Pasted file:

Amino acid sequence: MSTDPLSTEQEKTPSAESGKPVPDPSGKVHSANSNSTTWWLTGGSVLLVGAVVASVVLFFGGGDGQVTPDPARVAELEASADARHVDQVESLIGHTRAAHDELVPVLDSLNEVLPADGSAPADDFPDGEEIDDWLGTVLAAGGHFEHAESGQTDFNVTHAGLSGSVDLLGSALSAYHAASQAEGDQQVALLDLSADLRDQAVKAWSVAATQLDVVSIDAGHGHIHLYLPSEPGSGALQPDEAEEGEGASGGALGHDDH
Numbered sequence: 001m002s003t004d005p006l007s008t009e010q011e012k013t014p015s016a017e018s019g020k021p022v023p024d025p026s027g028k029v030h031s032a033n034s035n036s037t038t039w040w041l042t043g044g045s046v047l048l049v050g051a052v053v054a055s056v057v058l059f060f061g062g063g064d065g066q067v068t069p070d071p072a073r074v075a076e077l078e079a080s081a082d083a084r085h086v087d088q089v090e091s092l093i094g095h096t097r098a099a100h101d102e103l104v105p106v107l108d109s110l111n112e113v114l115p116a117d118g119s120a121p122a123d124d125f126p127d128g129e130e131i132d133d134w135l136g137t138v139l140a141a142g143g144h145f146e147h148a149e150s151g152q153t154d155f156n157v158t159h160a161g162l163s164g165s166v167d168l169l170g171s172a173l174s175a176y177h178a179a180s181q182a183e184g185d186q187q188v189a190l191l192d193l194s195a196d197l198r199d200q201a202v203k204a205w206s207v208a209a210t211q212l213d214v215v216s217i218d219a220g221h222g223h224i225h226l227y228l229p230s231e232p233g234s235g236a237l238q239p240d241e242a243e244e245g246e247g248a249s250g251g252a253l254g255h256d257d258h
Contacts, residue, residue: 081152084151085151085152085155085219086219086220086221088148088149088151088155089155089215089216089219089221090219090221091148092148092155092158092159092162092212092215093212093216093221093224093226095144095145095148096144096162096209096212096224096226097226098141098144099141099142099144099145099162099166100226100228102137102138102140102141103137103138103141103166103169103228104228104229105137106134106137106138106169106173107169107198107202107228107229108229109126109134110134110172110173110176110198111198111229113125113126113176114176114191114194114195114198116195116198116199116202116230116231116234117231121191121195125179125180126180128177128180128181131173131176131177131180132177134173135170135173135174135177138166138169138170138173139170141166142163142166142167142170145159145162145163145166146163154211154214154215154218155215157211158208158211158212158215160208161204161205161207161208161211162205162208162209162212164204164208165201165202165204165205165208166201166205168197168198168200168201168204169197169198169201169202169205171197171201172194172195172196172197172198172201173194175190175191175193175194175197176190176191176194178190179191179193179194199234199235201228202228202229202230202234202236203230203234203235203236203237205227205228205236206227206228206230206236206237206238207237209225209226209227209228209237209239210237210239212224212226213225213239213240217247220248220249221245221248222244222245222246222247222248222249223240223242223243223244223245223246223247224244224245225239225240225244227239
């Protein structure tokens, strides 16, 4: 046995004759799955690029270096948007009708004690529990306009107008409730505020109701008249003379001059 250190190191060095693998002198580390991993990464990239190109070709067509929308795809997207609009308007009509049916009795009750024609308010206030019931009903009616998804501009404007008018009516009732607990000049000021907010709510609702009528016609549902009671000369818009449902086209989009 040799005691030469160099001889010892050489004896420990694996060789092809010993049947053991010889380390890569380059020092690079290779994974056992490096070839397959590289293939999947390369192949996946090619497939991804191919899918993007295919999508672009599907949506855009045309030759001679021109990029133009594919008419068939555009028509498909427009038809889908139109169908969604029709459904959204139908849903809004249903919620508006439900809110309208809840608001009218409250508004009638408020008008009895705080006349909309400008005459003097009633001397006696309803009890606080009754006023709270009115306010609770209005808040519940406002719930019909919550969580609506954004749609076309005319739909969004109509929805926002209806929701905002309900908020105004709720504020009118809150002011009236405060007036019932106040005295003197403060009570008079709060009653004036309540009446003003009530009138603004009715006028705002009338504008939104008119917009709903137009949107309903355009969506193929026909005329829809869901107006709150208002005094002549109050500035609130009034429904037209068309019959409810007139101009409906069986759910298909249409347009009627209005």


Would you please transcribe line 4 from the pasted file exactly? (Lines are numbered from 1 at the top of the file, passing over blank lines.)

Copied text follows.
């Protein structure tokens, strides 16, 4: 046995004759799955690029270096948007009708004690529990306009107008409730505020109701008249003379001059 250190190191060095693998002198580390991993990464990239190109070709067509929308795809997207609009308007009509049916009795009750024609308010206030019931009903009616998804501009404007008018009516009732607990000049000021907010709510609702009528016609549902009671000369818009449902086209989009 040799005691030469160099001889010892050489004896420990694996060789092809010993049947053991010889380390890569380059020092690079290779994974056992490096070839397959590289293939999947390369192949996946090619497939991804191919899918993007295919999508672009599907949506855009045309030759001679021109990029133009594919008419068939555009028509498909427009038809889908139109169908969604029709459904959204139908849903809004249903919620508006439900809110309208809840608001009218409250508004009638408020008008009895705080006349909309400008005459003097009633001397006696309803009890606080009754006023709270009115306010609770209005808040519940406002719930019909919550969580609506954004749609076309005319739909969004109509929805926002209806929701905002309900908020105004709720504020009118809150002011009236405060007036019932106040005295003197403060009570008079709060009653004036309540009446003003009530009138603004009715006028705002009338504008939104008119917009709903137009949107309903355009969506193929026909005329829809869901107006709150208002005094002549109050500035609130009034429904037209068309019959409810007139101009409906069986759910298909249409347009009627209005």